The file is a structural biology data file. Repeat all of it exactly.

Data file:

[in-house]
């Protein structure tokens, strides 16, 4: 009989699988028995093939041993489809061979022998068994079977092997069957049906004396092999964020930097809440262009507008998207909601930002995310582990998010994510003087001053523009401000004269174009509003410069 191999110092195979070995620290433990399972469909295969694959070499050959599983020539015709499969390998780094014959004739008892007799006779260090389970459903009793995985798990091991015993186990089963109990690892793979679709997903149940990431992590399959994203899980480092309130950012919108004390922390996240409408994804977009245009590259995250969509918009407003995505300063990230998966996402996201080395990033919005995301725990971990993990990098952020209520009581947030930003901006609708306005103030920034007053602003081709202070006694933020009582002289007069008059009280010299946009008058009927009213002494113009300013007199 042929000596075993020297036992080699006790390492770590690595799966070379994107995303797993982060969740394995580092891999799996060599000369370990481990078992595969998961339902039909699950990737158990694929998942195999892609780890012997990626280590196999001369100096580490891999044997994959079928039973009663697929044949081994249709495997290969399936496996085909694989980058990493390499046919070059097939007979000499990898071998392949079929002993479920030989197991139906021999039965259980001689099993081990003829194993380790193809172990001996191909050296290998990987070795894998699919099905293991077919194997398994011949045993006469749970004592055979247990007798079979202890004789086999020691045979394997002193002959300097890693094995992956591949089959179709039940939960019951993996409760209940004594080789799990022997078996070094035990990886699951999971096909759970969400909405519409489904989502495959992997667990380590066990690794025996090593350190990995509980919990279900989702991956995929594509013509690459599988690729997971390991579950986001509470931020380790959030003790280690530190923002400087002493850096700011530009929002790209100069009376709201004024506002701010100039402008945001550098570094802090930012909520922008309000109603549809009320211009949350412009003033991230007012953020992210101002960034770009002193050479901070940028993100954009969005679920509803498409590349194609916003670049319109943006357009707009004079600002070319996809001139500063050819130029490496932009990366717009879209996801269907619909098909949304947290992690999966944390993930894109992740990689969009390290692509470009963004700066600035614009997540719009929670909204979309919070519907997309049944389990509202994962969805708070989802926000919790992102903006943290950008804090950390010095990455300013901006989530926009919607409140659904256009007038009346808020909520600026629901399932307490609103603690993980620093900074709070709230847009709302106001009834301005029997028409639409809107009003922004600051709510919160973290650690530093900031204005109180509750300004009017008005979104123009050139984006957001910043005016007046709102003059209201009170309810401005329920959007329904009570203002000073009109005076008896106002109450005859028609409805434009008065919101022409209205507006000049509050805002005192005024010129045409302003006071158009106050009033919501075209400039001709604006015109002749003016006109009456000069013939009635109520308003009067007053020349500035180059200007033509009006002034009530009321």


[in-house]
């Protein structure tokens, strides 16, 4: 009989699988028995093939041993489809061979022998068994079977092997069957049906004396092999964020930097809440262009507008998207909601930002995310582990998010994510003087001053523009401000004269174009509003410069 191999110092195979070995620290433990399972469909295969694959070499050959599983020539015709499969390998780094014959004739008892007799006779260090389970459903009793995985798990091991015993186990089963109990690892793979679709997903149940990431992590399959994203899980480092309130950012919108004390922390996240409408994804977009245009590259995250969509918009407003995505300063990230998966996402996201080395990033919005995301725990971990993990990098952020209520009581947030930003901006609708306005103030920034007053602003081709202070006694933020009582002289007069008059009280010299946009008058009927009213002494113009300013007199 042929000596075993020297036992080699006790390492770590690595799966070379994107995303797993982060969740394995580092891999799996060599000369370990481990078992595969998961339902039909699950990737158990694929998942195999892609780890012997990626280590196999001369100096580490891999044997994959079928039973009663697929044949081994249709495997290969399936496996085909694989980058990493390499046919070059097939007979000499990898071998392949079929002993479920030989197991139906021999039965259980001689099993081990003829194993380790193809172990001996191909050296290998990987070795894998699919099905293991077919194997398994011949045993006469749970004592055979247990007798079979202890004789086999020691045979394997002193002959300097890693094995992956591949089959179709039940939960019951993996409760209940004594080789799990022997078996070094035990990886699951999971096909759970969400909405519409489904989502495959992997667990380590066990690794025996090593350190990995509980919990279900989702991956995929594509013509690459599988690729997971390991579950986001509470931020380790959030003790280690530190923002400087002493850096700011530009929002790209100069009376709201004024506002701010100039402008945001550098570094802090930012909520922008309000109603549809009320211009949350412009003033991230007012953020992210101002960034770009002193050479901070940028993100954009969005679920509803498409590349194609916003670049319109943006357009707009004079600002070319996809001139500063050819130029490496932009990366717009879209996801269907619909098909949304947290992690999966944390993930894109992740990689969009390290692509470009963004700066600035614009997540719009929670909204979309919070519907997309049944389990509202994962969805708070989802926000919790992102903006943290950008804090950390010095990455300013901006989530926009919607409140659904256009007038009346808020909520600026629901399932307490609103603690993980620093900074709070709230847009709302106001009834301005029997028409639409809107009003922004600051709510919160973290650690530093900031204005109180509750300004009017008005979104123009050139984006957001910043005016007046709102003059209201009170309810401005329920959007329904009570203002000073009109005076008896106002109450005859028609409805434009008065919101022409209205507006000049509050805002005192005024010129045409302003006071158009106050009033919501075209400039001709604006015109002749003016006109009456000069013939009635109520308003009067007053020349500035180059200007033509009006002034009530009321």